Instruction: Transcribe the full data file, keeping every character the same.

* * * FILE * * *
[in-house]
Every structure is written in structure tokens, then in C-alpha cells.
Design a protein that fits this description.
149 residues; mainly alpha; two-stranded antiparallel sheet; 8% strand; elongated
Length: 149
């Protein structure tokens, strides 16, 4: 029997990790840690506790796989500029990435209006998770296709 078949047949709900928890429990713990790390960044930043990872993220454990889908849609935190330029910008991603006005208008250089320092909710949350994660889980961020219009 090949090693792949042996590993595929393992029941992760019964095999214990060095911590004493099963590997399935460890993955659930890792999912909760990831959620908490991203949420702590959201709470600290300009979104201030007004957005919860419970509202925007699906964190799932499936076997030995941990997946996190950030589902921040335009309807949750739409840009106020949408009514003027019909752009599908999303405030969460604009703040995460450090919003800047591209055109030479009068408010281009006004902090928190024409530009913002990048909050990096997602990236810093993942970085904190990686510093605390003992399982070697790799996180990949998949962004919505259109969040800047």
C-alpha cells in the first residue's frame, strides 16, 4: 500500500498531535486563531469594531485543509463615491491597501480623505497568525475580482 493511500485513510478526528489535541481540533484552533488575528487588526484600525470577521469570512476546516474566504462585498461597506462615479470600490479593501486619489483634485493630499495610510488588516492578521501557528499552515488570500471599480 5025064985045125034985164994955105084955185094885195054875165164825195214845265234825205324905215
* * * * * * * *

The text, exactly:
[in-house]
Every structure is written in structure tokens, then in C-alpha cells.
Design a protein that fits this description.
149 residues; mainly alpha; two-stranded antiparallel sheet; 8% strand; elongated
Length: 149
């Protein structure tokens, strides 16, 4: 029997990790840690506790796989500029990435209006998770296709 078949047949709900928890429990713990790390960044930043990872993220454990889908849609935190330029910008991603006005208008250089320092909710949350994660889980961020219009 090949090693792949042996590993595929393992029941992760019964095999214990060095911590004493099963590997399935460890993955659930890792999912909760990831959620908490991203949420702590959201709470600290300009979104201030007004957005919860419970509202925007699906964190799932499936076997030995941990997946996190950030589902921040335009309807949750739409840009106020949408009514003027019909752009599908999303405030969460604009703040995460450090919003800047591209055109030479009068408010281009006004902090928190024409530009913002990048909050990096997602990236810093993942970085904190990686510093605390003992399982070697790799996180990949998949962004919505259109969040800047």
C-alpha cells in the first residue's frame, strides 16, 4: 500500500498531535486563531469594531485543509463615491491597501480623505497568525475580482 493511500485513510478526528489535541481540533484552533488575528487588526484600525470577521469570512476546516474566504462585498461597506462615479470600490479593501486619489483634485493630499495610510488588516492578521501557528499552515488570500471599480 5025064985045125034985164994955105084955185094885195054875165164825195214845265234825205324905215